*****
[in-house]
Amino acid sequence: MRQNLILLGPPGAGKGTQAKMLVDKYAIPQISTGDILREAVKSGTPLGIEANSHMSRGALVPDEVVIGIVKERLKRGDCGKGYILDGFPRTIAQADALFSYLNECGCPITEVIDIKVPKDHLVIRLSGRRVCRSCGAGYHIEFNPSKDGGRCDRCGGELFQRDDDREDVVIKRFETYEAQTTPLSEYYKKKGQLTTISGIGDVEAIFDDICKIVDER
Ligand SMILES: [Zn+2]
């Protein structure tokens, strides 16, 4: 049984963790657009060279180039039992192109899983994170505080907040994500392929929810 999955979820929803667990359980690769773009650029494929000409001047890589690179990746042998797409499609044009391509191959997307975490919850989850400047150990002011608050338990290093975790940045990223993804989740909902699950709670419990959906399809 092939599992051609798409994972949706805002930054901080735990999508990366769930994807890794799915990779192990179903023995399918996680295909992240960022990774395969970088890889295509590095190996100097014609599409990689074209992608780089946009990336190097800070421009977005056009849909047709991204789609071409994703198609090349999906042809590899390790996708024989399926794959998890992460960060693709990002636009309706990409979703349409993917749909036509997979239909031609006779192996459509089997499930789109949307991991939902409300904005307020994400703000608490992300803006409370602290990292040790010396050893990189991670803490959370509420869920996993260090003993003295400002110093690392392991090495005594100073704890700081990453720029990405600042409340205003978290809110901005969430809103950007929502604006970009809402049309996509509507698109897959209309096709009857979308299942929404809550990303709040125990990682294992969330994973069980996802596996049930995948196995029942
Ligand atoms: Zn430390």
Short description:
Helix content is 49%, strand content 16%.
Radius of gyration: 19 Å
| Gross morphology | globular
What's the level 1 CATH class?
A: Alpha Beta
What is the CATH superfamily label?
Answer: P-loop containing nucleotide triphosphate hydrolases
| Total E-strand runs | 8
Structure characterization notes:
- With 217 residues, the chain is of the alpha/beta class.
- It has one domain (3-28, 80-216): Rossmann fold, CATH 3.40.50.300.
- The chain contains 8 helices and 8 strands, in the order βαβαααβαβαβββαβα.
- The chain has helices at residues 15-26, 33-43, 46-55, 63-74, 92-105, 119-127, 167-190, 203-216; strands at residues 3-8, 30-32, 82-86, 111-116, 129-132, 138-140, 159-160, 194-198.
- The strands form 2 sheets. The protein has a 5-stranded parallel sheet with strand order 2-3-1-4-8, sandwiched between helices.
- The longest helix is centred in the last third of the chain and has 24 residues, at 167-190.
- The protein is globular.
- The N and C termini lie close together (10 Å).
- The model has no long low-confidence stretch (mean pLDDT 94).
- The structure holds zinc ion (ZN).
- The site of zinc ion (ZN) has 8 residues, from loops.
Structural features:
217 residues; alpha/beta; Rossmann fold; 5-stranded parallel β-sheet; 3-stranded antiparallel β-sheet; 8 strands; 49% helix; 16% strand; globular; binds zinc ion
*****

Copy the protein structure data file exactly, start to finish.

[in-house]
Amino acid sequence: MRQNLILLGPPGAGKGTQAKMLVDKYAIPQISTGDILREAVKSGTPLGIEANSHMSRGALVPDEVVIGIVKERLKRGDCGKGYILDGFPRTIAQADALFSYLNECGCPITEVIDIKVPKDHLVIRLSGRRVCRSCGAGYHIEFNPSKDGGRCDRCGGELFQRDDDREDVVIKRFETYEAQTTPLSEYYKKKGQLTTISGIGDVEAIFDDICKIVDER
Ligand SMILES: [Zn+2]
């Protein structure tokens, strides 16, 4: 049984963790657009060279180039039992192109899983994170505080907040994500392929929810 999955979820929803667990359980690769773009650029494929000409001047890589690179990746042998797409499609044009391509191959997307975490919850989850400047150990002011608050338990290093975790940045990223993804989740909902699950709670419990959906399809 092939599992051609798409994972949706805002930054901080735990999508990366769930994807890794799915990779192990179903023995399918996680295909992240960022990774395969970088890889295509590095190996100097014609599409990689074209992608780089946009990336190097800070421009977005056009849909047709991204789609071409994703198609090349999906042809590899390790996708024989399926794959998890992460960060693709990002636009309706990409979703349409993917749909036509997979239909031609006779192996459509089997499930789109949307991991939902409300904005307020994400703000608490992300803006409370602290990292040790010396050893990189991670803490959370509420869920996993260090003993003295400002110093690392392991090495005594100073704890700081990453720029990405600042409340205003978290809110901005969430809103950007929502604006970009809402049309996509509507698109897959209309096709009857979308299942929404809550990303709040125990990682294992969330994973069980996802596996049930995948196995029942
Ligand atoms: Zn430390």
Short description:
Helix content is 49%, strand content 16%.
Radius of gyration: 19 Å
| Gross morphology | globular
What's the level 1 CATH class?
A: Alpha Beta
What is the CATH superfamily label?
Answer: P-loop containing nucleotide triphosphate hydrolases
| Total E-strand runs | 8
Structure characterization notes:
- With 217 residues, the chain is of the alpha/beta class.
- It has one domain (3-28, 80-216): Rossmann fold, CATH 3.40.50.300.
- The chain contains 8 helices and 8 strands, in the order βαβαααβαβαβββαβα.
- The chain has helices at residues 15-26, 33-43, 46-55, 63-74, 92-105, 119-127, 167-190, 203-216; strands at residues 3-8, 30-32, 82-86, 111-116, 129-132, 138-140, 159-160, 194-198.
- The strands form 2 sheets. The protein has a 5-stranded parallel sheet with strand order 2-3-1-4-8, sandwiched between helices.
- The longest helix is centred in the last third of the chain and has 24 residues, at 167-190.
- The protein is globular.
- The N and C termini lie close together (10 Å).
- The model has no long low-confidence stretch (mean pLDDT 94).
- The structure holds zinc ion (ZN).
- The site of zinc ion (ZN) has 8 residues, from loops.
Structural features:
217 residues; alpha/beta; Rossmann fold; 5-stranded parallel β-sheet; 3-stranded antiparallel β-sheet; 8 strands; 49% helix; 16% strand; globular; binds zinc ion